Monday, 22 December 2014

Inquiry-Shminquiry Kindergarten Hijinks with a Pinch of Reggio

It has been just over a month since I became a Kindergarten teacher. I have spent the past few weeks getting to know my "fabulous fifteen" students: reading, building, playing, and cleaning & organizing (cleaning & organizing, cleaning & organizing) my classroom,

Pinterest has become a dear old pal - I highly recommend these recipes for  Jello and/or gingerbread  playdough (although I would think twice before diving in to making snow - as it lead to quite the MESS!)

With my background in numeracy we have been spending lots of time exploring quantity using dot plates, buttons on snowmen, rocks, blocks, decomposing games etc.  I know that in the new year we will be exploring our rekenreks, five- and ten-frames and our classroom counting jar and continuing to develop our classroom number line. Math is my thing - I can inspire it and find ways to make it surface out of play.

My biggest challenges these past few weeks have centred around what I like to call the play-based, reggio-pressure that the majority of  ELKP teachers are feeling these days. It seems as though no one really knows what Kindergarten should look like, but everyone has an opinion about what it should not be. I am open to trying anything - but I believe moving students forward in their learning has to be the priority.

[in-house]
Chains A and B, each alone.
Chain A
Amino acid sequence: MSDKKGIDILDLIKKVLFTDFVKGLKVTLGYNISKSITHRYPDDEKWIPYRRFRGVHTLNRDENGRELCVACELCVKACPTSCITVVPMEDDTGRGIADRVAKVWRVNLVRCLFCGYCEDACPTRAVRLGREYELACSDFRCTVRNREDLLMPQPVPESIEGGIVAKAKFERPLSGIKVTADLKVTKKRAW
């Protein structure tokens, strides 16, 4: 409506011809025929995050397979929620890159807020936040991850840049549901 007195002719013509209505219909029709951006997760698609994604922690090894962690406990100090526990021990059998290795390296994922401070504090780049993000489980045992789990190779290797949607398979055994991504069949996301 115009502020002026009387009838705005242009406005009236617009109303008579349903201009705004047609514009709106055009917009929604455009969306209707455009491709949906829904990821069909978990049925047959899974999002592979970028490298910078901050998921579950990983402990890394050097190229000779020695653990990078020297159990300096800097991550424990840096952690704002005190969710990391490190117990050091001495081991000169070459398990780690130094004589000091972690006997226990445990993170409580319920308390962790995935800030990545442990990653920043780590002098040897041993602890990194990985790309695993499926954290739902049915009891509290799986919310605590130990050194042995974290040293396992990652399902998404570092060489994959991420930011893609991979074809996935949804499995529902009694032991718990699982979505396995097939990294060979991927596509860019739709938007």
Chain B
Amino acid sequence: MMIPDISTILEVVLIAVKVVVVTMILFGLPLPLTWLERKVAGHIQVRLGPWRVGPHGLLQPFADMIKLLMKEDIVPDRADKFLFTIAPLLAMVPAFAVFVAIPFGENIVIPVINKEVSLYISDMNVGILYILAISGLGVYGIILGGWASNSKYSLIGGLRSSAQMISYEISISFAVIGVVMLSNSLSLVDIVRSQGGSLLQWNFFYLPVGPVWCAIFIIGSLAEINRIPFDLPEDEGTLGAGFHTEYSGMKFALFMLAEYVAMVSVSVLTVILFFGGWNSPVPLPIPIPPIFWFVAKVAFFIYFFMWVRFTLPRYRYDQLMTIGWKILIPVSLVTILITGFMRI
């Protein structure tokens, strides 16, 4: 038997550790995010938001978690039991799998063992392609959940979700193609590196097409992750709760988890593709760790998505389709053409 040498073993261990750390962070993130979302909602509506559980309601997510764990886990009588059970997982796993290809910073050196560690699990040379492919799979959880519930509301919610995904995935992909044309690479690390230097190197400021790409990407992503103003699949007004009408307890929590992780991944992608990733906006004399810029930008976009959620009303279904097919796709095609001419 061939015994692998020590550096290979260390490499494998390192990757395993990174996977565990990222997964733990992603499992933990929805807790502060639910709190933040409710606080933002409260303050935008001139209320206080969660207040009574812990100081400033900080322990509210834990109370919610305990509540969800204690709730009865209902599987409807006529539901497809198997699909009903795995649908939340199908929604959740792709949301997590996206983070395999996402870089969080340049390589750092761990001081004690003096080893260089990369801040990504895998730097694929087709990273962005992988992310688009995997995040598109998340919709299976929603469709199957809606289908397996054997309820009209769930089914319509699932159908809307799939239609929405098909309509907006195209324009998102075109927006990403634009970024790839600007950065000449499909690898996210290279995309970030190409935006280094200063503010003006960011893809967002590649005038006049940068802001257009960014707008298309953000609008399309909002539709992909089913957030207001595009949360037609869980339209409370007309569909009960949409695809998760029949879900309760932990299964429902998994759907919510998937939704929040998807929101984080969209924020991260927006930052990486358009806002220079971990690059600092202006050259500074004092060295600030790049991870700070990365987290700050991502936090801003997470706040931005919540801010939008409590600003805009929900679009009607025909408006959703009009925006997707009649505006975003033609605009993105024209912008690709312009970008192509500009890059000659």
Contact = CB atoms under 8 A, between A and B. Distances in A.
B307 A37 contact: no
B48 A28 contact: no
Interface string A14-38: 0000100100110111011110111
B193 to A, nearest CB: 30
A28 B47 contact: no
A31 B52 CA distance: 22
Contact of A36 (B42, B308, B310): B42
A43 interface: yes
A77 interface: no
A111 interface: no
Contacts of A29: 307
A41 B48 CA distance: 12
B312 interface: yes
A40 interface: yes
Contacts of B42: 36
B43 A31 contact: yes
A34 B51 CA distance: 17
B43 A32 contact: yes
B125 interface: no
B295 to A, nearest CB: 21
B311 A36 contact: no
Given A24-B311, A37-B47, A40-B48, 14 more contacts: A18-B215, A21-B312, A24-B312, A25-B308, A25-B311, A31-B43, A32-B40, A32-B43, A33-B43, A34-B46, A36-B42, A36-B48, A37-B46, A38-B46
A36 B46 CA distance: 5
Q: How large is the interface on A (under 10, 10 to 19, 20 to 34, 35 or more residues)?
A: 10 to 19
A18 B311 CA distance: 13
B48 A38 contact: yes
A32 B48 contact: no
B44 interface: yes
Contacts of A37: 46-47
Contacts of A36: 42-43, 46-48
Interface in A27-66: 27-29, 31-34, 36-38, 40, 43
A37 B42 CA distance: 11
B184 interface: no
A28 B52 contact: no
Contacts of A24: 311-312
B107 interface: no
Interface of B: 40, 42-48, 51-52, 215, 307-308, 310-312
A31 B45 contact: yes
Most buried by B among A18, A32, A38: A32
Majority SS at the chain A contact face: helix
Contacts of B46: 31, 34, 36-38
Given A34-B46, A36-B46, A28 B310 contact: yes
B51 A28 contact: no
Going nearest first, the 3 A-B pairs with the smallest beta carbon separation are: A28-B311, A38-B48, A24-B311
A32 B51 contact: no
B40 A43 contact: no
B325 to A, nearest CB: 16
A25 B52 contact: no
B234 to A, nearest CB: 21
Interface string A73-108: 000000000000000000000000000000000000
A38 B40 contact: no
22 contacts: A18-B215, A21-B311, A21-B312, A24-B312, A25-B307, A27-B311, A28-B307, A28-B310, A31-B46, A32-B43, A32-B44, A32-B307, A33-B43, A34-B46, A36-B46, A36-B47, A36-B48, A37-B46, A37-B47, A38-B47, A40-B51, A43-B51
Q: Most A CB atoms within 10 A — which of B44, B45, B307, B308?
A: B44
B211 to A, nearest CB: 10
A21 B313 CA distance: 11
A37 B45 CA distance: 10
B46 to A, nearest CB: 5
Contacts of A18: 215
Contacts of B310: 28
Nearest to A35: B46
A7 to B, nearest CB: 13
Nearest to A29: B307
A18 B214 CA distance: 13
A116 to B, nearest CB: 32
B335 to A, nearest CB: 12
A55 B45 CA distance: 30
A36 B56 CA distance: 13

My new principal @kevinolamb, has been a tremndous help - bringing in fabulous finds from his hikes including nests, a falcon wing and even a beaver-chewed log for the students' nature exploration table.

I take a lot of inspiration from my new favourite kindergarten tweeps, especially @joelseaman and his blog Wide Eyes and Wonder  that seems to always have a gem to get me through those moments where I am "pulling my hair out" and questioning this inquiry-shminquiry.

Whenever I am feeling overwhelmed with the inquiry-reggio-pressure I think of this statement from the Inquiry-based Learning monograph from the LNS Capacity Building Series:

                     Inquiry-based learning concerns itself with the creative approach of combining 
                     the best approaches to instruction, including explicit instruction and small- 
                     group and guided learning, in an attempt to build on students’ interests and 
                     ideas, ultimately moving students forward in their paths of intellectual curiosity  
                     and understanding. 

In a class where a high percentage of students do not have basic letter and number recognition I'll admit that I find as much time as possible for one-to- one and small group instruction, but this vital time only exists when my students are fully engaged in play. Striking the right balance is going to take some time - but for now I am doing my best to embrace the hijinks.

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